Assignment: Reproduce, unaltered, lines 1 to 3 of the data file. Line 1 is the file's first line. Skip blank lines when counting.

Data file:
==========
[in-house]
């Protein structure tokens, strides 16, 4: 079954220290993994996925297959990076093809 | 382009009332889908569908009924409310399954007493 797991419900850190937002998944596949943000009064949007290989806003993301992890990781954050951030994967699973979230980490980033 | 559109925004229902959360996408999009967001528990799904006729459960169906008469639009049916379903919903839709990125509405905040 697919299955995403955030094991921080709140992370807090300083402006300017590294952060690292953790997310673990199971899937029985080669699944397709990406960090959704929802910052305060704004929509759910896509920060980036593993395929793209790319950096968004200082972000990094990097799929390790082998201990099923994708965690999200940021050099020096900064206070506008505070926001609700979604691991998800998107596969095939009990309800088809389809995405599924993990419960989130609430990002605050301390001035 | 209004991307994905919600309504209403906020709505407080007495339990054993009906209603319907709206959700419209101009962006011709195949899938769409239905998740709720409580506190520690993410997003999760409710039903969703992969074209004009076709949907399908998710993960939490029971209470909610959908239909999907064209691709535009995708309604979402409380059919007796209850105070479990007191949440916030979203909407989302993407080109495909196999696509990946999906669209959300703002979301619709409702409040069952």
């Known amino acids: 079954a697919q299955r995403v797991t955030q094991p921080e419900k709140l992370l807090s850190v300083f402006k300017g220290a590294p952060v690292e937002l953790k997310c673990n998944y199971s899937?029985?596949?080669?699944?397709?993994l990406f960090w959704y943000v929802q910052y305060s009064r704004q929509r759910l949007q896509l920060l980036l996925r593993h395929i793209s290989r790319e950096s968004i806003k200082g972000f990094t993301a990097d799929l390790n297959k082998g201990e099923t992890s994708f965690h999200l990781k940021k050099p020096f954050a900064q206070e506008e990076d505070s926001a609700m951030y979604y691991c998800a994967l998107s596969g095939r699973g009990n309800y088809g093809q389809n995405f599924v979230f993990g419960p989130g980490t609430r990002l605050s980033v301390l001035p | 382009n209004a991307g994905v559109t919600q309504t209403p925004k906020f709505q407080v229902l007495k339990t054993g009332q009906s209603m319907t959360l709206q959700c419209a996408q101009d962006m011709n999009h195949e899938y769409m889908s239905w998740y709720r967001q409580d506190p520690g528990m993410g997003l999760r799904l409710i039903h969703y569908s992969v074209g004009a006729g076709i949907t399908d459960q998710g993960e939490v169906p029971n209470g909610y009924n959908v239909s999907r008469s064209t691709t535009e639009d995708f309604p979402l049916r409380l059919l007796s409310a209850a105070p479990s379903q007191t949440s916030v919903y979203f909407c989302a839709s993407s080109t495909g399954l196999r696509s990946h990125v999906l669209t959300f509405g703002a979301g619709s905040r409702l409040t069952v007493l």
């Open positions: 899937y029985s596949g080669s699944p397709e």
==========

[in-house]
């Protein structure tokens, strides 16, 4: 079954220290993994996925297959990076093809 | 382009009332889908569908009924409310399954007493 797991419900850190937002998944596949943000009064949007290989806003993301992890990781954050951030994967699973979230980490980033 | 559109925004229902959360996408999009967001528990799904006729459960169906008469639009049916379903919903839709990125509405905040 697919299955995403955030094991921080709140992370807090300083402006300017590294952060690292953790997310673990199971899937029985080669699944397709990406960090959704929802910052305060704004929509759910896509920060980036593993395929793209790319950096968004200082972000990094990097799929390790082998201990099923994708965690999200940021050099020096900064206070506008505070926001609700979604691991998800998107596969095939009990309800088809389809995405599924993990419960989130609430990002605050301390001035 | 209004991307994905919600309504209403906020709505407080007495339990054993009906209603319907709206959700419209101009962006011709195949899938769409239905998740709720409580506190520690993410997003999760409710039903969703992969074209004009076709949907399908998710993960939490029971209470909610959908239909999907064209691709535009995708309604979402409380059919007796209850105070479990007191949440916030979203909407989302993407080109495909196999696509990946999906669209959300703002979301619709409702409040069952």
């Known amino acids: 079954a697919q299955r995403v797991t955030q094991p921080e419900k709140l992370l807090s850190v300083f402006k300017g220290a590294p952060v690292e937002l953790k997310c673990n998944y199971s899937?029985?596949?080669?699944?397709?993994l990406f960090w959704y943000v929802q910052y305060s009064r704004q929509r759910l949007q896509l920060l980036l996925r593993h395929i793209s290989r790319e950096s968004i806003k200082g972000f990094t993301a990097d799929l390790n297959k082998g201990e099923t992890s994708f965690h999200l990781k940021k050099p020096f954050a900064q206070e506008e990076d505070s926001a609700m951030y979604y691991c998800a994967l998107s596969g095939r699973g009990n309800y088809g093809q389809n995405f599924v979230f993990g419960p989130g980490t609430r990002l605050s980033v301390l001035p | 382009n209004a991307g994905v559109t919600q309504t209403p925004k906020f709505q407080v229902l007495k339990t054993g009332q009906s209603m319907t959360l709206q959700c419209a996408q101009d962006m011709n999009h195949e899938y769409m889908s239905w998740y709720r967001q409580d506190p520690g528990m993410g997003l999760r799904l409710i039903h969703y569908s992969v074209g004009a006729g076709i949907t399908d459960q998710g993960e939490v169906p029971n209470g909610y009924n959908v239909s999907r008469s064209t691709t535009e639009d995708f309604p979402l049916r409380l059919l007796s409310a209850a105070p479990s379903q007191t949440s916030v919903y979203f909407c989302a839709s993407s080109t495909g399954l196999r696509s990946h990125v999906l669209t959300f509405g703002a979301g619709s905040r409702l409040t069952v007493l």